What is deprivation of liberty? The Supreme Court speaks

The Supreme Court has overturned the Court of Appeal in the cases of P (by the Official Solicitor) v Cheshire West and Chester Council, and P & Q (or MIG & MEG) (by the official Solicitor) v Surrey County Council [2014] UKSC 19. In what is the most far-reaching human rights case heard in the UK for a decade, the Supreme Court reversed the Cheshire West decision by seven Justices to zero and the Surrey decision by four to three.

The cases rested on what is the proper test to be applied to determine where there is a deprivation of liberty when mentally incapacitated people are required to live in a place when they could not (and therefore did not) consent. These places could be hospitals or care homes, but in the three appeals before the Supreme Court they were an independent supported living placement, a unit for learning disabled young people and a foster home. If they are deprived of their liberty, article 5 of the European Convention is engaged and protections including periodic reviews of their detention are triggered. Their detention must be authorised and reviewed by the Court of Protection. Where the statutory scheme applies, in hospitals and care homes, detained residents fall within the so-called DOLS (deprivation of liberty safeguards), which is an administrative procedure whereby people may be detained without the authority of a court (albeit with the right of appeal to one)…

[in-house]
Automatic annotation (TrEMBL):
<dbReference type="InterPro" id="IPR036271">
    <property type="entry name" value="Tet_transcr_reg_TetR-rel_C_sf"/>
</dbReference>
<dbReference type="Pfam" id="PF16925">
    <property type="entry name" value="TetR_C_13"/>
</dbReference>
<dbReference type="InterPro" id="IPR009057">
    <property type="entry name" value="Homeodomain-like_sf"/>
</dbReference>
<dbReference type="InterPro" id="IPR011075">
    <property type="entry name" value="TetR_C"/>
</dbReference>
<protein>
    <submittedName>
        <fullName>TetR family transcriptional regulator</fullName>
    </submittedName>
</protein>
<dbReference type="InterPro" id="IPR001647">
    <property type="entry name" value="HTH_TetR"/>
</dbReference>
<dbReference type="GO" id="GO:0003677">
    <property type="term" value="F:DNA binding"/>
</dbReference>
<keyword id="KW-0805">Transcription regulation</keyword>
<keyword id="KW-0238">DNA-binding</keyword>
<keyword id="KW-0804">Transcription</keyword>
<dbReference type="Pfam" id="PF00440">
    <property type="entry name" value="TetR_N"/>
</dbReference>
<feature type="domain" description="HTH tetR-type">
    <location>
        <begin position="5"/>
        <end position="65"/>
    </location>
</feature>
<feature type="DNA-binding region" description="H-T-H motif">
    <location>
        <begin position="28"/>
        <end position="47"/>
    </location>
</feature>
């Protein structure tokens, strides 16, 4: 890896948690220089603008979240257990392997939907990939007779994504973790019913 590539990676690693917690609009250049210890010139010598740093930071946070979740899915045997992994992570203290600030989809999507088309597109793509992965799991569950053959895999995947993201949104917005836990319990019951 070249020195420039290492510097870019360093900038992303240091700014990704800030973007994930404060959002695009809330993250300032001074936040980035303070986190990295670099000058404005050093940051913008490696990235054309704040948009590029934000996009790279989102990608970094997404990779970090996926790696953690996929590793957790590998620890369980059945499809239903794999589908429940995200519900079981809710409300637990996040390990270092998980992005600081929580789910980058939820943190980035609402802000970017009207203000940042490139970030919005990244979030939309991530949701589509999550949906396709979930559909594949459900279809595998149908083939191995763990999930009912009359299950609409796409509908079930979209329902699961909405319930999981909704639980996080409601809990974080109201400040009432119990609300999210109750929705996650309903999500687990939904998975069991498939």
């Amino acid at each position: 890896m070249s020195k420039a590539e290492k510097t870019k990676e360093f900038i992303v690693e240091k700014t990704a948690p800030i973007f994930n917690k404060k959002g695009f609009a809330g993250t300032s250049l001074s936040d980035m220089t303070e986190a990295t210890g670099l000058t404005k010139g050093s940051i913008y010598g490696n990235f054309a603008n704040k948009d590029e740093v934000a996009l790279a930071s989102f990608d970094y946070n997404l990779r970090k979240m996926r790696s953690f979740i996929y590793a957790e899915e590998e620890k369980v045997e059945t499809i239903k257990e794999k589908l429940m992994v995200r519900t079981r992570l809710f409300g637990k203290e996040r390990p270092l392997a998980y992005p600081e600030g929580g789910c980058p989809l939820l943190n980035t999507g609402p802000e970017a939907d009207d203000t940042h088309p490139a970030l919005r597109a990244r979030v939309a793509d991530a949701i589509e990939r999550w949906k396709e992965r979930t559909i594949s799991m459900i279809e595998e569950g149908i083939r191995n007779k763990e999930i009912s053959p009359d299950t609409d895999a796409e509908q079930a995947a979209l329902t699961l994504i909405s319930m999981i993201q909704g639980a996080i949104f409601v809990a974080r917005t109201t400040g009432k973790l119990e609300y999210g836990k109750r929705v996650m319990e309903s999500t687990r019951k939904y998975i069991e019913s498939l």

Click on the link below to read the rest of the Kings Chambers briefing.

Sign in or Register to continue reading this article

Sign in


It's quick, easy and free!

It takes just 5 minutes to register. Answer a few simple questions and once completed you’ll have instant access.

Register now

Why register to The Lawyer


Industry insight

In-depth, expert analysis into the stories behind the headlines from our leading team of journalists.


Market intelligence

Identify the major players and business opportunities within a particular region through our series of free, special reports.


Email newsletters

Receive your pick of The Lawyer's daily and weekly email newsletters, tailored by practice area, region and job function.

More relevant to you

To continue providing the best analysis, insight and news across the legal market we are collecting some information about who you are, what you do and where you work to improve The Lawyer and make it more relevant to you.

Analysis from The Lawyer

  • Manchester

    The regional bar - A Bright Tomorrow

    The effects of recent changes to civil litigation are only just beginning to be felt, but barristers in the regions have several reasons to be cheerful


36 Young Street
M3 3FT